The following column is written by Gord Hume, President of Hume Communications Inc., former Councillor of the City of London, ON, and author of “Cultural Planning for Creative Communities” and “Taking Back Our Cities”
While driving along the Trans-Canada in eastern Manitoba and northern Ontario recently, I was struck by the metaphor that the highway offers to Canadians today. It was a great national infrastructure project that linked our country and brought pride to our citizens when it was officially opened by Prime Minister John Diefenbaker in 1962. It’s the world’s longest national highway—nearly 8,000 km long—and stretches from Victoria, BC to St John’s, NL.
Completing the Trans-Canada was a feat that demanded considerable skill and innovation. Engineers, designers, road builders, and the labourers were justifiably proud of this momentous national investment. It was an important boost to our national economy as well as our spirit. And, it was a vital part of our expanding infrastructure as a nation.
Today, much of the Trans-Canada is an asphalt ribbon of crumble, crack, and patch. It has deteriorated significantly. In many parts of the country it is two lanes instead of a modern four lane divided highway. My friends in Newfoundland and Labrador consider the ferry system to be part of their transportation network, and told me recently that this service too is deteriorating and unreliable.
As I drove on the Trans-Canada from Winnipeg to Kenora to give a key-note address to 200 mayors and municipal councillors and administrators, I thought a lot about Canadian infrastructure as I bounced over the cracks, patches, and potholes.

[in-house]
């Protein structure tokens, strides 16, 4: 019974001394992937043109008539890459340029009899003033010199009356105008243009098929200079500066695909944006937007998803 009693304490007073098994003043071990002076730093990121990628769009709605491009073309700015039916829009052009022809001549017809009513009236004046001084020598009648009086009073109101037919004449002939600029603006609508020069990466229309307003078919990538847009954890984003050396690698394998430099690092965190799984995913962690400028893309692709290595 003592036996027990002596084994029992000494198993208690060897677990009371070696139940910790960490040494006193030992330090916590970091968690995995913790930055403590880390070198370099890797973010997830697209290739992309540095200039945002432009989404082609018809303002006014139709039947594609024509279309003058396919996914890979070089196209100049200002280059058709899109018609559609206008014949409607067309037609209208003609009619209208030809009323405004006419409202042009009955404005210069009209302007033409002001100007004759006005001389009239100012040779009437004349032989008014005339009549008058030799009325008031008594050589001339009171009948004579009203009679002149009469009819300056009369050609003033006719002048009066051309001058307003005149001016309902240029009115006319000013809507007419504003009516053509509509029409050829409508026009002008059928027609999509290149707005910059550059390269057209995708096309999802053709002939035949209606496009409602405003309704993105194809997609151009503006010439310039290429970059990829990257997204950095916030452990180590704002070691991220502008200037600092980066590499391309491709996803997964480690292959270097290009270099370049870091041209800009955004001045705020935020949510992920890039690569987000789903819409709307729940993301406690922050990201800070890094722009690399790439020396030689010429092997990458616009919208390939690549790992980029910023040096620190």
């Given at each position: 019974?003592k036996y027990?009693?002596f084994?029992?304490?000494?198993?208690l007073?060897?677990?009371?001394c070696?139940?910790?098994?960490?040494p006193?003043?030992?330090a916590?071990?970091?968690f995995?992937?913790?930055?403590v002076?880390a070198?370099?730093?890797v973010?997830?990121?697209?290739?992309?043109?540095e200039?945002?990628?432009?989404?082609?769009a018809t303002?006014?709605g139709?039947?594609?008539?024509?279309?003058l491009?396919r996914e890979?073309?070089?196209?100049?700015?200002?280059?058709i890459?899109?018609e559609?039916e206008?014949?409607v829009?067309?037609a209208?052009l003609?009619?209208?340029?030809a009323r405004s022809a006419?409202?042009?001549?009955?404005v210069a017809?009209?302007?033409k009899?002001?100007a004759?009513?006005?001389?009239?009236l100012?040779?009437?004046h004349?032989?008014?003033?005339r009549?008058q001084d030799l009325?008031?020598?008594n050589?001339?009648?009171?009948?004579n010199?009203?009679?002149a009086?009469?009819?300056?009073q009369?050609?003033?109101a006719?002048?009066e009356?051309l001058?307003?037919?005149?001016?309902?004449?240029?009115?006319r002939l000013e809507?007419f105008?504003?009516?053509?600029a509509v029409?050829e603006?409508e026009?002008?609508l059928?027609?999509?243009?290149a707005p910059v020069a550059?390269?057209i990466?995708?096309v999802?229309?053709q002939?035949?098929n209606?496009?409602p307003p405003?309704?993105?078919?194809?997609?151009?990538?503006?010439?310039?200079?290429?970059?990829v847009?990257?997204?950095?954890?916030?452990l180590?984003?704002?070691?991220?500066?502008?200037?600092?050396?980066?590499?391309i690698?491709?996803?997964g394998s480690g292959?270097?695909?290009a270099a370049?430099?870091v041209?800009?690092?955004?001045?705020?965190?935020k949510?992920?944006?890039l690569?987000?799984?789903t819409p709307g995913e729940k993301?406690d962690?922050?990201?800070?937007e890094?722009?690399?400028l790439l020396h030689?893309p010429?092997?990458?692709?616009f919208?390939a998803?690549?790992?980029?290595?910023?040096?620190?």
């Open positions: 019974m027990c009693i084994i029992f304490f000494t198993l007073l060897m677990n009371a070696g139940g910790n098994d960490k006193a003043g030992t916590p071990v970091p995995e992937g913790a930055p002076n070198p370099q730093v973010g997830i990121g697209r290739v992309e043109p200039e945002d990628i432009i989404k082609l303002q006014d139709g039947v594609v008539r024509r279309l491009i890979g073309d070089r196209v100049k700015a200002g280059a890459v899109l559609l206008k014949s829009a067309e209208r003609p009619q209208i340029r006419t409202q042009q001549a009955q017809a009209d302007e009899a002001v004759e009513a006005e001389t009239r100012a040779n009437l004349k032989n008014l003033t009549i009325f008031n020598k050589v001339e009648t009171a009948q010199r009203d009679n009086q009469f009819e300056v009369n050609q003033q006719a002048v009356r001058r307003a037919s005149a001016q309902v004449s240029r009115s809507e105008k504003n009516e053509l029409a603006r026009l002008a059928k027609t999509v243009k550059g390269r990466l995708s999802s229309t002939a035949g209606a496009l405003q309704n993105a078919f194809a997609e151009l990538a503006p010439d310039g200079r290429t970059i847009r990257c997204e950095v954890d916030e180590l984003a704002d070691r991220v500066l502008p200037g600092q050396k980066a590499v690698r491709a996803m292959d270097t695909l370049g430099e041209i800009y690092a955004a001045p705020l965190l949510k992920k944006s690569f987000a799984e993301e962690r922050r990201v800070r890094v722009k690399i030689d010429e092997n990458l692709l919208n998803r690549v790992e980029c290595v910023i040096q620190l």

We are a nation that to a considerable extent has been built on infrastructure. From the thin grey railroad line that extended across the west and for the first time linked our nation from coast to coast, to the most modern of technology today, you can make a reasonable argument that Canada would never have been formed or survived without the successful commitment to and completion of major national infrastructure projects.
The driving of the Last Spike in 1885 opened a new era of national transportation, and led to the opening and development of the both the west and the north. Later, telegraph and telephone wires were strung to connect lonely out-ports and prairie towns, bringing rapid communication for business and families.
Nearly a hundred years ago, a forward thinking federal government established the first national parks service at Banff. Today, Canadians are proud of our extensive national parks and rivers, many of which are now designated as World Heritage sites.
The electrification projects of rural Canada took generations, but it had to be done to provide a modern lifestyle and generate economic benefits to farmers and the agricultural industry.
The St. Lawrence Seaway that opened in 1959 brought shipping into Central Canada, and opened new trade and supply routes for Canadian ore, wheat, and many other products.
The Trans-Canada highway that followed in 1962 opened new vistas for shipping, trucking, vacationing Canadians, and provided a new transportation corridor for municipalities.